However, just because most Action Movies are set in something approaching the real world, doesn’t mean that the genre is any more real. In the Action Movie genre, people can accomplish acts of impossible stealth, kill without guilt or hesitation and torture with impunity because the end justifies the means. However, that doesn’t justify bringing those tropes into other genres on the basis that although equally impossible, they are somehow more “realistic”. This is like mathematicians talking about different sized infinities – the infinity of odd numbers is bigger than the infinity of prime numbers, but both are still infinite. Instead of using different genres to tell different stories, we risk retelling the same stories but simply in different settings.

Genre rules are fundamental to telling certain types of stories. The horror genre require protagonists to act in ways that are distinctly illogical, yet the power of those stories relies on that. Noir has its own distinct set of bleak narrative rules that allow us to create dramatic stories. Romance requires impossible coincidences and a sense of optimism to bring about powerful positive emotional states. The Superhero genre has been particularly targeted by this genre normalising, as if somehow Superman killing General Zod is a better story than a near omnipotent having to work twice as hard to find solutions consistent with his commitment to the sanctity of life.

Genres in Gaming
I suspect there is something fundamental about the human imagination that makes it easy to accept impossible individuals, but harder to imagine that the rules of the world around us can be different. Bringing this back to RPGs, one of my favourite games of all time is Torg. This classic 1990s game not only brought together individuals from different settings, but had rules to embody different genres within the one game world. Some gamers couldn’t handle it. They had no problem with the idea that Wizards, Pulp Heroes, Cyber-warriors and Victorian Occultists could co-exist with their incumbent physics-breaking powers. But they struggled to understand why, in the Fantasy world, guns didn’t work. It’s a relatively simple chemical reaction, and the game rules were explicit that the laws of physics weren’t any different, so why wouldn’t the bullet fire? Because Genre. Genre trumps the laws of physics every time. If it didn’t, John McClane and James Bond would both be long in the grave. You believe a character can heal from critical injuries over-night, why can’t you believe a gun won’t fire?!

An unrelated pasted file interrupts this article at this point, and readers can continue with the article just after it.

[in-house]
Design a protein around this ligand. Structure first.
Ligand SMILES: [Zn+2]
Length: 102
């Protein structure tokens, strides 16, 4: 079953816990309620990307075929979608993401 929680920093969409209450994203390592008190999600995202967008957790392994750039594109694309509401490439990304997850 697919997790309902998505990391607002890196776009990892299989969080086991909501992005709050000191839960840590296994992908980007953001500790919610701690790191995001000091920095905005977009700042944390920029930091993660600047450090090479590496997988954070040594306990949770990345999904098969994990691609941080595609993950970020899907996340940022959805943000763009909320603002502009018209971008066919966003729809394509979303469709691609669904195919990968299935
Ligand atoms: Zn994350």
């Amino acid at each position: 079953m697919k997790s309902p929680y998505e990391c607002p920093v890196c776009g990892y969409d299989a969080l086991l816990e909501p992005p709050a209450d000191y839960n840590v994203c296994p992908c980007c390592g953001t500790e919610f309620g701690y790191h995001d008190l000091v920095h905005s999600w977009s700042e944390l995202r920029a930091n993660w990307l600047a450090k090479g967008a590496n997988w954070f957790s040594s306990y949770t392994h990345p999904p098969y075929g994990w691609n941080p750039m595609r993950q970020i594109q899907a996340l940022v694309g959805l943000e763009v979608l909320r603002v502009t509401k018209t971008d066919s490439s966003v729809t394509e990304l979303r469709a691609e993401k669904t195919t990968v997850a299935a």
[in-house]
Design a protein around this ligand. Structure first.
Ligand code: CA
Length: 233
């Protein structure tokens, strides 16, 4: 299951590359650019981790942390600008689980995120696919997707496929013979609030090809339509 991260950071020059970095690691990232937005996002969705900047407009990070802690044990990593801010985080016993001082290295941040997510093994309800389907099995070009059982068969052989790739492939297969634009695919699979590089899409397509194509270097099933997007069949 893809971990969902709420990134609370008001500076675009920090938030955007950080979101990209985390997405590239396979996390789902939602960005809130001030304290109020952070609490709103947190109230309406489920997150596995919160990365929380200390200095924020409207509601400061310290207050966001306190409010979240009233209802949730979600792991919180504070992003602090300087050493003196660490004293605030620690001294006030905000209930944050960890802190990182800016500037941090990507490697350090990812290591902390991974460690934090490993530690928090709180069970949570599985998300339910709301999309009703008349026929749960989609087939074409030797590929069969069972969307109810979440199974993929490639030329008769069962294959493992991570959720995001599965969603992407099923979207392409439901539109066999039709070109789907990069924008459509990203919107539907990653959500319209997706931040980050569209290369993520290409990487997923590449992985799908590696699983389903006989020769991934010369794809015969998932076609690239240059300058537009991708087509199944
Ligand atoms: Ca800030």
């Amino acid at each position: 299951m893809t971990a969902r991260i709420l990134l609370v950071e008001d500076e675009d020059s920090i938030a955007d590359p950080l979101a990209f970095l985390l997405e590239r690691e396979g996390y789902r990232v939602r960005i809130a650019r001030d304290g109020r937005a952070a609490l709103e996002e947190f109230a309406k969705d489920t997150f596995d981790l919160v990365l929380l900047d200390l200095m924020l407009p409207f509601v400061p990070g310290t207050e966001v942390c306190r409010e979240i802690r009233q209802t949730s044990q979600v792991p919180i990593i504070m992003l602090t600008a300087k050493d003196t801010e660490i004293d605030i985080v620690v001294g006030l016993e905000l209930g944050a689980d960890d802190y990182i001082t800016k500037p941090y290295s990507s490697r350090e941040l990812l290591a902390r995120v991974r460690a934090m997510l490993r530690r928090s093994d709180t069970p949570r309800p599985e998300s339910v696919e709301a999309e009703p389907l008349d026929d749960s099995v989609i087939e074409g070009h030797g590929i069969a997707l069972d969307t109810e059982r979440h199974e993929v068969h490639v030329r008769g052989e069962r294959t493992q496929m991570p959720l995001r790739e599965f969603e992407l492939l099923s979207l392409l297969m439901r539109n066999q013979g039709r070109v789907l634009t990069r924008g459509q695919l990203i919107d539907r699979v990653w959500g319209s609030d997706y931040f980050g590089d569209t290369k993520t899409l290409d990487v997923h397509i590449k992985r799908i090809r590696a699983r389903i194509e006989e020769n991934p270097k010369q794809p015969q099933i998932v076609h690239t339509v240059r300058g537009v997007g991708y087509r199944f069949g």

The idea of using rules to emulate different genres is something that is now widely accepted in table top roleplaying, from Ron Edward’s System Does Matter through to myriad indie rule sets that support very specific types of stories.

We can burn down the Haunted House at the first sign of something eerie.
We can strangle the Bandito in his sleep before the high noon showdown.
We can give Batman a sniper rifle and watch Gotham’s crime rate plummet.

But how do any of these things enhance the stories we’re telling? By trying to apply a single genre to different settings, all we’re doing is telling the same unimaginative story, using the same unimaginative solutions to different problems. I’m also reminded of Robin D. Laws “something he always says”, regarding the drive in modern mass media to turn Iconic Heroes into Dramatic Heroes and by doing so changing the very nature of the stories that they tell.

It’s by accepting differences not only in the characters, but the world in which they exist, that we can tell different, exciting, creative, challenging stories. As the author Saladin Ahmed said on Twitter, not using violent solutions is the essence of heroism in the Lord of the Rings. Finding a way to make that into a core mechanic, now that would be creative. That’s a game I’d definitely play.